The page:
Oujia: Origin of Evil Blu-Ray review
This review contains spoilers.
Where many modern horror franchises often opt to follow up their opening instalment with a sequel, with the intent of saving their prequel entries for much later down the line, the creators behind 2014’s Ouija have instead boldly opted to tell an origin tale for their second outing. This is a risky move, because although the groundwork for this prequel lore was laid in Ouija, opting for a prequel this early in the franchise is essentially asking the audience to discard any narrative progression and end up back at square one (the point at which the first film began).
Due to this, as prequel must not only expound upon the origins of the mythos, but it has to provide audiences with something unique that makes the whole retrospective journey worthwhile. Ouija: Origin of Evil succeeds in both respects. It provides a deeper insight into who the evil spirits are that plague this house and it also provides several unique qualities, not the least of which is a classy, nostalgic period (1960s) approach. This choice of era lends a kind of charm (similar to the kind of charm that game franchises like BioShock and Fallout provide in their adept use of 1950s culture) that you don’t often find in modern horror films, which automatically transports you back to the golden age of horror.
To its further credit, Ouija: Origin of Evil for the most part doesn’t opt for cheap thrills, but retains a calm and refined approach to its storytelling, emanating a far more sensible and assured feel in the process. The film opens with a family – lead by mother Alice (Elizabeth Reaser) – pulling scam mediumship sessions on customers who come to attain a connection with lost loved ones. Interestingly, Alice attempts to justify this deception to her daughters by often telling them that they are providing a good thing in the form of closure and comfort for their clients. It’s a curious logic and no doubt Alice relays this only to deceive herself and her daughters into the notion that they aren’t doing anything wrong, because no matter how you look at it, lying to someone about their departed loved one is very deeply immoral.
This basis of deception works to the film’s benefit in a few ways. Firstly it appeals to sceptical viewers by presenting a “this is all fake” groundwork, before slowly lowering the viewer into a “maybe this is real” curiosity. I’m not saying that this film will make you a believer in the paranormal (I don’t believe), but I am saying that the film admirably at least opens on the side of the sceptic, rather than jumping straight into supernatural strangeness. It’s a nice change to the norm, which is a film automatically assuming its right to hurl supernatural events at you, without pause for thought that they might be fake.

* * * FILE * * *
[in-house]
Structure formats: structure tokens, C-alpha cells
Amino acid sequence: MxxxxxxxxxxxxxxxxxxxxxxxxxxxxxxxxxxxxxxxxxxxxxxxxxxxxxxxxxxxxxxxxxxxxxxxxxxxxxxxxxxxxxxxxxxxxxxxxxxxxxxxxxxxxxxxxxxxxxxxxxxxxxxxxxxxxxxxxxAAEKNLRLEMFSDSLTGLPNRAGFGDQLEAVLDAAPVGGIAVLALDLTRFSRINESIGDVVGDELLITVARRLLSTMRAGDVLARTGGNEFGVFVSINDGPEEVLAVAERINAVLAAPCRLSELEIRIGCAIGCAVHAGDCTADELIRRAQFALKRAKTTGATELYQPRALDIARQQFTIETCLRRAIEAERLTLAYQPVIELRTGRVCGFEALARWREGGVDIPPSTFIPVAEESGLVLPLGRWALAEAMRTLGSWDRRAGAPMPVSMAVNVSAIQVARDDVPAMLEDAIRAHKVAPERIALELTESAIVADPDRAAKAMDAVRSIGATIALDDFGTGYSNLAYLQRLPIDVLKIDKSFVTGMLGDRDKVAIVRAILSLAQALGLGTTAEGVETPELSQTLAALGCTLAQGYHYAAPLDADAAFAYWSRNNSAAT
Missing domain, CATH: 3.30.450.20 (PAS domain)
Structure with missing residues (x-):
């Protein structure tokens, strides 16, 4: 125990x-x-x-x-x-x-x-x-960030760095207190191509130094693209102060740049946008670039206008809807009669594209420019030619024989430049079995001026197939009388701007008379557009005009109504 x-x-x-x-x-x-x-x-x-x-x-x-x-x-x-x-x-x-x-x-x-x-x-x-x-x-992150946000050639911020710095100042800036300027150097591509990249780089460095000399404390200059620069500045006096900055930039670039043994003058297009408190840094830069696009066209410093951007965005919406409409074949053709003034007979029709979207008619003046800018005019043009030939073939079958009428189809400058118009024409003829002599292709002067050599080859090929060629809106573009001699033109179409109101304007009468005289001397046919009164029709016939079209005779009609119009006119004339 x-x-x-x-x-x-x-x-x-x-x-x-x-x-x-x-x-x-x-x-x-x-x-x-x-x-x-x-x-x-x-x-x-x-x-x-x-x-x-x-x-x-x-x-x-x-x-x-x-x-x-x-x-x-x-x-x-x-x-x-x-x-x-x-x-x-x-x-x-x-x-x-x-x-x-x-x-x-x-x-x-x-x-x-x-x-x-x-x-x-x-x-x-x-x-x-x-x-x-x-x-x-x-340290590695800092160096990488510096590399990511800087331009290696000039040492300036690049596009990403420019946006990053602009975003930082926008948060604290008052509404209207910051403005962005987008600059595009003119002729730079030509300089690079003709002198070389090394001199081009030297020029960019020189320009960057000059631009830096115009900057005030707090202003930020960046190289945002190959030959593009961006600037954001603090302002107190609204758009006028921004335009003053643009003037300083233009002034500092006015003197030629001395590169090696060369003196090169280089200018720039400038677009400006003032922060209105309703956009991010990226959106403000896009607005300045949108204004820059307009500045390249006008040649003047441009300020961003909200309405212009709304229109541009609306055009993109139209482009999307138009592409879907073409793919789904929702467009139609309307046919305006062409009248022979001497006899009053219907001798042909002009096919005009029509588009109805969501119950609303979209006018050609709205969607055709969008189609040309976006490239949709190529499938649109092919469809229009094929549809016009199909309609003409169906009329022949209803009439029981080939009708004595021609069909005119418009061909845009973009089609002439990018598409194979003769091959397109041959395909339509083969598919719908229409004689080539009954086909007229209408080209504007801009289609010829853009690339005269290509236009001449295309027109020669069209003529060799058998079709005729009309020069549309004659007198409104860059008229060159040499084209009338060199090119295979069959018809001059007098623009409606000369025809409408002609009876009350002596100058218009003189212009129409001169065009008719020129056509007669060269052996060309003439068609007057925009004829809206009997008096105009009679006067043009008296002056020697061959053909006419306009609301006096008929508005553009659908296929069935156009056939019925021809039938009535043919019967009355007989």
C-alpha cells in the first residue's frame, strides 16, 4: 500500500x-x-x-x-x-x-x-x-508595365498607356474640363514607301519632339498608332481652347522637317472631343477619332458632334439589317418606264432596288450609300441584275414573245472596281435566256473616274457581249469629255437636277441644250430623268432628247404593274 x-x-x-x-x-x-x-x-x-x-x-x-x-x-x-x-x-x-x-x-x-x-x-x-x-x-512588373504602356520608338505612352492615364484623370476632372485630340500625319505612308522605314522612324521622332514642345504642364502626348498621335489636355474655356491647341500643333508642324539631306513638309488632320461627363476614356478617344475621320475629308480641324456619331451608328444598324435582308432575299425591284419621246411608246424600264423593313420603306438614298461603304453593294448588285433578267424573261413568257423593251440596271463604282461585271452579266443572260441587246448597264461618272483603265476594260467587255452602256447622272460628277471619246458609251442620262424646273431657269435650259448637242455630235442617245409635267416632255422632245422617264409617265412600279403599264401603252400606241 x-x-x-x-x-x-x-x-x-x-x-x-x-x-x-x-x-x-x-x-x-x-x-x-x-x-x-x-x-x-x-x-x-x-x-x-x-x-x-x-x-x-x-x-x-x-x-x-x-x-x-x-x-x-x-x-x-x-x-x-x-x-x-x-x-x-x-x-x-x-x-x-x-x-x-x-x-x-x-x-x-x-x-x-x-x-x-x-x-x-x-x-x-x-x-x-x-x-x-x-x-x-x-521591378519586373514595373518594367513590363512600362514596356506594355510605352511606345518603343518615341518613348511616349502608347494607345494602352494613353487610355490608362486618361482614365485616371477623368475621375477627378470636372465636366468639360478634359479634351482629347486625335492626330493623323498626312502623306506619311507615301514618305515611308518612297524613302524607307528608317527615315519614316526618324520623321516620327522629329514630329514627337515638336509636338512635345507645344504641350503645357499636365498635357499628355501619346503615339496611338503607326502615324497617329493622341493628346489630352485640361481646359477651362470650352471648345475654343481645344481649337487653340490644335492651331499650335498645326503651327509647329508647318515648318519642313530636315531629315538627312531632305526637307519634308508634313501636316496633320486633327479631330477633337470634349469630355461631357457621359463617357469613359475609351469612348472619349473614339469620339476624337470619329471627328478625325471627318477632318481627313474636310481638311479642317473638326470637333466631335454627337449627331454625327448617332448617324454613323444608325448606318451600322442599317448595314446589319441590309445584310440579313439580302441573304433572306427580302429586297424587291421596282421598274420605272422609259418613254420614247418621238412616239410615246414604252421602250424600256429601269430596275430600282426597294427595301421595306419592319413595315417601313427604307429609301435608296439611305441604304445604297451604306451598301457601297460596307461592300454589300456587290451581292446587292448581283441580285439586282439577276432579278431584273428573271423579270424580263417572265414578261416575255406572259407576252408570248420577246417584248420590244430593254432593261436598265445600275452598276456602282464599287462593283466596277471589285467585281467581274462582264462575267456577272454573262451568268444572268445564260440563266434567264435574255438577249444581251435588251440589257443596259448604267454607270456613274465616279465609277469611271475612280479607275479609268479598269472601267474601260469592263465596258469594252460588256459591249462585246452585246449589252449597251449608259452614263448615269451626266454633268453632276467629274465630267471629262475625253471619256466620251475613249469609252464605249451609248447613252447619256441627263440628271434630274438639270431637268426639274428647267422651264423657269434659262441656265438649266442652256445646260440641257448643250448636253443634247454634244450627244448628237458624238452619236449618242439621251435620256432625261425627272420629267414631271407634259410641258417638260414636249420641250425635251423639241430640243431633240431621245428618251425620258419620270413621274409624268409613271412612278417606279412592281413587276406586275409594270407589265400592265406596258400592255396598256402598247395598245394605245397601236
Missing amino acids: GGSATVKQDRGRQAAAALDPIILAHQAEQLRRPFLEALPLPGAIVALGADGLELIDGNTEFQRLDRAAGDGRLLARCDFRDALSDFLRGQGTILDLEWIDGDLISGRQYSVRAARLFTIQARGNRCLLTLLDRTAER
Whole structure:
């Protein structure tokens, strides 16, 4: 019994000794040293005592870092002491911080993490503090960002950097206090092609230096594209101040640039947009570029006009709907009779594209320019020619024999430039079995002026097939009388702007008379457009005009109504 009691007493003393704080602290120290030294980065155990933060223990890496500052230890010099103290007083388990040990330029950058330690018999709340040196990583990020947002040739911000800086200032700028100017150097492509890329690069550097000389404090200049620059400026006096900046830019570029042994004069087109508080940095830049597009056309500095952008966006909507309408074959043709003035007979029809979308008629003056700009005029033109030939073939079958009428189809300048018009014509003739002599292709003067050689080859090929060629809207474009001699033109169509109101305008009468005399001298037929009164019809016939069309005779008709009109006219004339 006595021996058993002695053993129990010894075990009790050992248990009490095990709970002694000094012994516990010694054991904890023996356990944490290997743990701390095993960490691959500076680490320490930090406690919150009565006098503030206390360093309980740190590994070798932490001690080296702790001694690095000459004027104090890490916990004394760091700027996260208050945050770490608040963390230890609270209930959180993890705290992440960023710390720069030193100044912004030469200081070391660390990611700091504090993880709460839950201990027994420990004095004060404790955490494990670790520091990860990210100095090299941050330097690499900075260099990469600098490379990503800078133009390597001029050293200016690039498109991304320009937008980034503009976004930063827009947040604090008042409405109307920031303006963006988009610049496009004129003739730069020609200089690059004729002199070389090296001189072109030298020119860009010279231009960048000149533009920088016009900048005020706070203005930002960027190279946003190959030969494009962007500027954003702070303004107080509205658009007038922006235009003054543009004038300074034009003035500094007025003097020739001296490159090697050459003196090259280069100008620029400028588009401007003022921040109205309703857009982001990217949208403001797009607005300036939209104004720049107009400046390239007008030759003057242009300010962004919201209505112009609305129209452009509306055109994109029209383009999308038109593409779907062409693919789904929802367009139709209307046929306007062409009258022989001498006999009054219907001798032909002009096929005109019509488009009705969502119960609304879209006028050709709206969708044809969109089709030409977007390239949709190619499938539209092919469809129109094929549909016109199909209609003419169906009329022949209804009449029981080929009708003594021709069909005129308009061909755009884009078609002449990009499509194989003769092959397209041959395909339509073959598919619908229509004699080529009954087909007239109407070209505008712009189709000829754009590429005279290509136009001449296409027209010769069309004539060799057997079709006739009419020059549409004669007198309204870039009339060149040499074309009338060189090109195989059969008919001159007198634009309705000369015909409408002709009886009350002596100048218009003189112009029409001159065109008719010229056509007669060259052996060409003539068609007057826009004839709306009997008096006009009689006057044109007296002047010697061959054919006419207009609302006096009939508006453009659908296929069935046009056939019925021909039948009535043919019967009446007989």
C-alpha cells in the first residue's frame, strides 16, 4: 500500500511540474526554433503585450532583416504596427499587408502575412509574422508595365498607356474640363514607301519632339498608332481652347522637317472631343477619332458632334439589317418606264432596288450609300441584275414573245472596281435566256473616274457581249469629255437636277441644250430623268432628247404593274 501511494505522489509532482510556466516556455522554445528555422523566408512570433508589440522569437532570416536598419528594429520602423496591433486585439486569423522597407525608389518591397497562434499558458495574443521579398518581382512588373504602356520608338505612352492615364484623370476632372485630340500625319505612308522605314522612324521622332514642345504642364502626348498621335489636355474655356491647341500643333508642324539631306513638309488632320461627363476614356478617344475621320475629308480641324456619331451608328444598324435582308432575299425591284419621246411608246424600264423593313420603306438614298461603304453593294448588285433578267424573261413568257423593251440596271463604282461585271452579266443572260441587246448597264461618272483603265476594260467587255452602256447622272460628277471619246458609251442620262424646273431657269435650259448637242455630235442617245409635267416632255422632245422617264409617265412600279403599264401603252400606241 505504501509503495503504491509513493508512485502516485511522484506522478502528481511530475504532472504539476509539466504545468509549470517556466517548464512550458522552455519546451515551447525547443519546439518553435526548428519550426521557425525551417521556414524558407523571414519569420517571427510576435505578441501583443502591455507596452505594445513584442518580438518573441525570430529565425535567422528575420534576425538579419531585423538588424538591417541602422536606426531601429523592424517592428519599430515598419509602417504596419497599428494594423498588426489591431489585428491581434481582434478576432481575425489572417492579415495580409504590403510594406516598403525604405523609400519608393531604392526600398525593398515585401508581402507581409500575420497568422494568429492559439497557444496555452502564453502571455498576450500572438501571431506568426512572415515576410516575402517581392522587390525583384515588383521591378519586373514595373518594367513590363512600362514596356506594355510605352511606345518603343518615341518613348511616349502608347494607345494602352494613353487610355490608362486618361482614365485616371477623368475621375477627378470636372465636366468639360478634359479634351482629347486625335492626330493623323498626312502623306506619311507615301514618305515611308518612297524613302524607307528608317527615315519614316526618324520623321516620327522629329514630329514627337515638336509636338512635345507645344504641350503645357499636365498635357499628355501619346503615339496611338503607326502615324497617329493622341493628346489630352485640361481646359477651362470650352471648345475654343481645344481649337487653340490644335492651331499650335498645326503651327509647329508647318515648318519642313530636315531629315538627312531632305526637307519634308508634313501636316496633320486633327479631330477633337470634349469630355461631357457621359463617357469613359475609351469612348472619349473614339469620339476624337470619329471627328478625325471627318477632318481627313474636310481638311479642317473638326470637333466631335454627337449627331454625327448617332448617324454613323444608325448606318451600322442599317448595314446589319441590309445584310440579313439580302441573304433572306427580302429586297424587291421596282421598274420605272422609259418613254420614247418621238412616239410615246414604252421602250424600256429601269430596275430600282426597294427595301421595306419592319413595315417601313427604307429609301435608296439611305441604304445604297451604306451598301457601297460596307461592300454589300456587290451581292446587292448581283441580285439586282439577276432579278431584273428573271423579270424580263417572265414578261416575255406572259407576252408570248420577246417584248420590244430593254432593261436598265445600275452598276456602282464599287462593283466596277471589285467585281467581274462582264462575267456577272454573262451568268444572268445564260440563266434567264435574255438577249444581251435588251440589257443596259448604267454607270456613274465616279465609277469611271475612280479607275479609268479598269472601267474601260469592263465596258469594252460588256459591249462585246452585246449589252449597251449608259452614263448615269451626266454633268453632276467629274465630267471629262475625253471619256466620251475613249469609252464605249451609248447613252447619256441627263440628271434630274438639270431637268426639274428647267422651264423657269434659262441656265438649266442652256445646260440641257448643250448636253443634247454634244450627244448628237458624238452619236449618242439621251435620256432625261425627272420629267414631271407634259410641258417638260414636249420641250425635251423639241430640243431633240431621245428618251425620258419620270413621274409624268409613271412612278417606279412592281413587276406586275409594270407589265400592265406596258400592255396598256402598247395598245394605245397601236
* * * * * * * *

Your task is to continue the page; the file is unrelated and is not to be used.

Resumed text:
Secondly, it works from the perspective of knowing your trade. Alice taught her daughters this trade of deceit and theatricality, so when it comes to later in the film, when Alice is choosing to believe in the presence of her dead husband, elder daughter Lina (Annalise Basso) takes the sceptical stance and actually uses the learns from their trade as rational ammunition to argue against her mother. She points out that the answers supposedly being provided by her dead father, through youngest daughter Doris (Lulu Wilson), are vague and directly in line with the kind of deceit that her mother used to employ in her mediumship.
As can be seen from the aforementioned characters, this is a very female-heavy core cast and the film is all the better for it. It allows a closeness to be shared that’s only possible between mother (notably a single mother, which was not the norm for this period) and daughter ,or sister and sister, and equally an enraged spitefulness too that can only come from those same combinations. Lulu Wilson does a superb job as the central antagonist and is able to portray both adorable and menacing in the same instance. Even writer/director/editor Mike Flanagan himself states that he feels lucky every day that they found Lulu and that she elevates the film. Annalise Basso (whom Flanagan chose because of working with her on Oculus), who was great in Captain Fantastic, again proves that she’s a talent to watch out for, crafting an elder sister here who is both intelligent and petty. Elizabeth Reaser pulls off the maternal role of Alice wonderfully, presenting us with a mother who is feisty when she needs to be, but who is also deeply caring and protective of her daughters.